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In Which I Enjoy de Saint-Exupery

Watch how de Saint-Exupery builds his ideas brick-by-brick, each sentence resting atop the previous, until the last sentence of each paragraph sets the keystone, and the paragraphs together create an arch:

In a world in which life so perfectly responds to life, where flowers mingle with flowers in the wind’s eye, where the swan is the familiar of all swans, man alone builds his isolation. What a space between men their spiritual natures create! A girl’s reverie isolates her from me, and how shall I enter into it? What can one know of a girl who passes, walking with slow steps homeward, eyes lowered, smiling to herself, filled with adorable inventions and with fables? Out of the thoughts, the voice, the silences of a lover, she can form an empire, and thereafter she sees in all the world but him a people of barbarians. More surely than if she were on another planet, I feel her to be locked up in her language, in her secret, in her habits, in the singing echoes of her memory. Born yesterday of the volcanoes, of greenswards, of brine of the sea, she walks here already half divine.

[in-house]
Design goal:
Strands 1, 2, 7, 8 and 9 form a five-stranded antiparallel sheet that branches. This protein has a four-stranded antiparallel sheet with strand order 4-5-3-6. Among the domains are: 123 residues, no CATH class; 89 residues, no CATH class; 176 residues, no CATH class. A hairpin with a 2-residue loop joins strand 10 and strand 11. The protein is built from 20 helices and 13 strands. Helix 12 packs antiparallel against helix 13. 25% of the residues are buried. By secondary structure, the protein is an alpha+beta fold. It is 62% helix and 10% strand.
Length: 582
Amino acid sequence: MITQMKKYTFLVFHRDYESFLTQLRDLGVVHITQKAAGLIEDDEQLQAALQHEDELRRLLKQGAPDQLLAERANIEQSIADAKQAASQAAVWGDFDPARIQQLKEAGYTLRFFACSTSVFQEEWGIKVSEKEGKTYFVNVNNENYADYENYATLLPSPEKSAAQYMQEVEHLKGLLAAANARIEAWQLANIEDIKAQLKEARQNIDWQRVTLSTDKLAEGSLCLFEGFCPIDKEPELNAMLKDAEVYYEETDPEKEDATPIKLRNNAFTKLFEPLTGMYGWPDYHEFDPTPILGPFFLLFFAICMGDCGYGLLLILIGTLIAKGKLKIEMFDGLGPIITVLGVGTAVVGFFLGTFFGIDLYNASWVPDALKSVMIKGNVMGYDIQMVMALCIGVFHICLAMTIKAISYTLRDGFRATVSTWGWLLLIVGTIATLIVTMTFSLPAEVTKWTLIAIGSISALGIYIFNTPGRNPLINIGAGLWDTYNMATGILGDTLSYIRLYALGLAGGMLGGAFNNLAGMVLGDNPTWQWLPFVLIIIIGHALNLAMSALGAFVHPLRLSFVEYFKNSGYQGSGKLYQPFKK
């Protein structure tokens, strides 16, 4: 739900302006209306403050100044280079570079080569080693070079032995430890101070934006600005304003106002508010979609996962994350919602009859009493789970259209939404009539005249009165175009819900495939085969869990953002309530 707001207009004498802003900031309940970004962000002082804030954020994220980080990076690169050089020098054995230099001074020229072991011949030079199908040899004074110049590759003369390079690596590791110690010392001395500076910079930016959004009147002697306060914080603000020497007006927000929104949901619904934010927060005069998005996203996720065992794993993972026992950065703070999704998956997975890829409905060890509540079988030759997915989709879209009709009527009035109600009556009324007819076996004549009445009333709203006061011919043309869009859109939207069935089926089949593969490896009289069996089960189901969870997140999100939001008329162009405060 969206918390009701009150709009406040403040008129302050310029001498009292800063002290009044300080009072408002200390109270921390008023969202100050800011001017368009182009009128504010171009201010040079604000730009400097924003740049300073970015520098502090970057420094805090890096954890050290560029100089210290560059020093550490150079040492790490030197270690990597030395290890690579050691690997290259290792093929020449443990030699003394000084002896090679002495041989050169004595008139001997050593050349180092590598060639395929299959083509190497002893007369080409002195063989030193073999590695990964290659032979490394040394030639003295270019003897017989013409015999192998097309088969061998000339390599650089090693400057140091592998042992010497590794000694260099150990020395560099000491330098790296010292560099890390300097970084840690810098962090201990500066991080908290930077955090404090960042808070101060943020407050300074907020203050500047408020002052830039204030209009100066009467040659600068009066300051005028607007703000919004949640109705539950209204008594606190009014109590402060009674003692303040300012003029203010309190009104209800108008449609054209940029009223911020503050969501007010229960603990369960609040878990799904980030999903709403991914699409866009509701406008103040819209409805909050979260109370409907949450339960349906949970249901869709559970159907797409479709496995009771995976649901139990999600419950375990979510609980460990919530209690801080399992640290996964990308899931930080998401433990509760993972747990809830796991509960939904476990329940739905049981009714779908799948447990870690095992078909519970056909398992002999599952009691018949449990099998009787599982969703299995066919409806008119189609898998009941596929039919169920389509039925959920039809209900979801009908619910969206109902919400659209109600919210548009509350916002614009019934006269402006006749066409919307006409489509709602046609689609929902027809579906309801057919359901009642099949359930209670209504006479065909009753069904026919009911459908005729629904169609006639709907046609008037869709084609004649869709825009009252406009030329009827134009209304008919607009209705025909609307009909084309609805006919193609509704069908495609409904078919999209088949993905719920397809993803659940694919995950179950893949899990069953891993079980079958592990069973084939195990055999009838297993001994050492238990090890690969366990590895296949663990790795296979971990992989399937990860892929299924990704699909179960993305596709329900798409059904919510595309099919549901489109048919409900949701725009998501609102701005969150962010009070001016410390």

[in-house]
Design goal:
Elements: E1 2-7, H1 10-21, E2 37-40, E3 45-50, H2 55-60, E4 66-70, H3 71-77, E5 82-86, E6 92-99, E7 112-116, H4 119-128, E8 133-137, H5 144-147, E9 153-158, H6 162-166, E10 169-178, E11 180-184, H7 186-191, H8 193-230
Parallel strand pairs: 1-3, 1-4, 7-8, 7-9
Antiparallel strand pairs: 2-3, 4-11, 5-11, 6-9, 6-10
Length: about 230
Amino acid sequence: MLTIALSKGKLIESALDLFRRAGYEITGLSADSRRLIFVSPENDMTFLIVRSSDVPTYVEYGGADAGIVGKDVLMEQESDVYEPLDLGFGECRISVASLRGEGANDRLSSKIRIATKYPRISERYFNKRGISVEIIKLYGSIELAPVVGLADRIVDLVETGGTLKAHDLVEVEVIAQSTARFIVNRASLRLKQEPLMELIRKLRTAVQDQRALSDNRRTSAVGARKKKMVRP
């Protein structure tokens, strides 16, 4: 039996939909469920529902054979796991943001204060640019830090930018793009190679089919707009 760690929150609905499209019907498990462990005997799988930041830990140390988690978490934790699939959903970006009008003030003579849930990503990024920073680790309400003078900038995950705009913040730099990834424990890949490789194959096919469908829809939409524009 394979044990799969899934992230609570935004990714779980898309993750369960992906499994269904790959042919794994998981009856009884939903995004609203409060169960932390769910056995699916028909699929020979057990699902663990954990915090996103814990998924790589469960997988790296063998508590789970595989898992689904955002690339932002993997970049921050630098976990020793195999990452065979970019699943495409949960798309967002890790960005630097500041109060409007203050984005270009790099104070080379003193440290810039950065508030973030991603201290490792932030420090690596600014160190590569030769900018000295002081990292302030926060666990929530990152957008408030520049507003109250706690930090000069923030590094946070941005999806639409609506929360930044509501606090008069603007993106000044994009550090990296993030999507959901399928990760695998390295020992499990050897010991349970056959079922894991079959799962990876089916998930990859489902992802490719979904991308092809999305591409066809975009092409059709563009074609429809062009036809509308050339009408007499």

Punta Arenas! I lean against a fountain. Old women come up to draw water: of their drama I shall know nothing but these gestures of farm servants. A child, his head against a wall, weeps in silence: there will remain of him in my memory only a beautiful child forever inconsolable. I am a stranger. I know nothing. I do not enter into their empires. Man in the presence of man is as solitary as in the face of a wide winter sky in which there sweeps, never to be tamed, a flight of trumpeting geese.

— Antoine de Saint-Exupery, Wind, Sand and Stars

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